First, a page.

With women's football growing year on year across Europe, Cyprus is one of the latest countries to make it a priority, aided by UEFA's women's football development programme.
Cyprus is reaping the benefits of the UEFA women's football development programme (WFDP), as the country continues to focus on improving standards and opportunities for its female players, coaches and referees.
Women's football has never been in a healthier position, with more girls and women playing the game than ever before and more people watching, in stadiums and on television. At the end of 2012, there were 1.2 million registered female players in Europe, while last month's UEFA Women's Champions League final was watched by nearly 8 million people in Germany alone.
One of the aims of the WFDP is to try to ensure that this growth continues across UEFA's 54 member association countries. The programme is doing this via a mixture of support, in the form of funding and expert advice. Each association receives yearly payments thanks to funding from the HatTrick III assistance scheme, while German women's football great Steffi Jones is making a key contribution in her role as the project's ambassador.
"When you see the [UEFA] Women's EURO, you have a few nations participating, but we want to make it possible that each nation can build up a national team, build up structures," Jones told UEFA.com.
Cyprus is one country doing precisely that. While it hosts some of women's football's leading nations in the Cyprus Cup tournament each March, the association's own national team are yet to appear in a UEFA European Women's Championship at any age level, although this is something they are hoping to change.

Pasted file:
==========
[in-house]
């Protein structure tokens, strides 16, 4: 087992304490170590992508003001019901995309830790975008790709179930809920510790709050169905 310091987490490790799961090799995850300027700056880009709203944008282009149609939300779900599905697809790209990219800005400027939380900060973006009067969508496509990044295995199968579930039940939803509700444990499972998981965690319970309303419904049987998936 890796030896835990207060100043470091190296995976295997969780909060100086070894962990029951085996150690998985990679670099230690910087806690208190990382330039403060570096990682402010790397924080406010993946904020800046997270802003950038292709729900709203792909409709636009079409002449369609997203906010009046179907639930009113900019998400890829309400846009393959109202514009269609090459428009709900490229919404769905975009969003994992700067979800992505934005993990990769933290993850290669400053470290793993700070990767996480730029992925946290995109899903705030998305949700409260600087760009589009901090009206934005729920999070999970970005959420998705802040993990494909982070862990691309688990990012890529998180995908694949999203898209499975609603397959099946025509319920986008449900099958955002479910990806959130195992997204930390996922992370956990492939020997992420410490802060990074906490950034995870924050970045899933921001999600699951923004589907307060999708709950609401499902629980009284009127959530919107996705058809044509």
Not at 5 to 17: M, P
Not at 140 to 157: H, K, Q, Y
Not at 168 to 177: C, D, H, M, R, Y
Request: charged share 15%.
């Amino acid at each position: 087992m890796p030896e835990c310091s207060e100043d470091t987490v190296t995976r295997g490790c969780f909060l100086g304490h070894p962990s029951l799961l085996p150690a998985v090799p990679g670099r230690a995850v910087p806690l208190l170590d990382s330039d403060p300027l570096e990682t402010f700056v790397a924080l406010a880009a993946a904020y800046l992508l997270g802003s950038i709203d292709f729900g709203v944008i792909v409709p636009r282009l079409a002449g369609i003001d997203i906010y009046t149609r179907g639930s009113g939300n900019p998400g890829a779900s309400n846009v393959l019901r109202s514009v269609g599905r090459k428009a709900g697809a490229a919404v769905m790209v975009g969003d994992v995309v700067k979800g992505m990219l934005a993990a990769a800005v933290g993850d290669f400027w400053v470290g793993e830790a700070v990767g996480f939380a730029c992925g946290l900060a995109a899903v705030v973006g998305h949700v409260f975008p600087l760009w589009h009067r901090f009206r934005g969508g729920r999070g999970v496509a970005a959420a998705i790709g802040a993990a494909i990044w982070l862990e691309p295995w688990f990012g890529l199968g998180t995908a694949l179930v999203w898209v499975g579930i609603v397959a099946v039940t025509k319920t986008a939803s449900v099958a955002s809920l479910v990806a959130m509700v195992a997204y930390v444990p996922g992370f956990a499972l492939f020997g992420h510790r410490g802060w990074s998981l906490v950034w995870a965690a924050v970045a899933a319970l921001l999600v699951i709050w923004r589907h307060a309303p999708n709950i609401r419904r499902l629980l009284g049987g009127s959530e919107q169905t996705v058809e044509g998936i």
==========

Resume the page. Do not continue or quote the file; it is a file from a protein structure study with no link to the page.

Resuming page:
The president of the Cyprus Football Association (KOP/CFA), Costakis Koutsokoumnis, said: "We have a women's senior team now and we also have an Under-19 team. We want to take it a little bit lower, give the chance to younger girls to take part, at Under-15 maybe or Under-13, and maybe find similar countries to play friendly games.
"That's important for the development of their skills. We hope that with all this effort, we will have good Under-13 teams, good Under-15 teams, and eventually fill the gaps we have right now."
There are currently just under 1,200 registered female footballers in Cyprus, a rise of 38% over the five-year period from 2007 to 2012. However, only 280 of these players are under the age of 18. Increasing this figure is one of the CFA's priorities, while another aspect of a four-year development plan is an improvement in the numbers of female coaches and referees, and extending girls' football into public schools and clubs.
"I am impressed by the passion of the people here – the federation is really supporting girls' and women's football, which is important," said Jones. "And when you look into the eyes of the girls, there is a lightning – there's a lot of passion."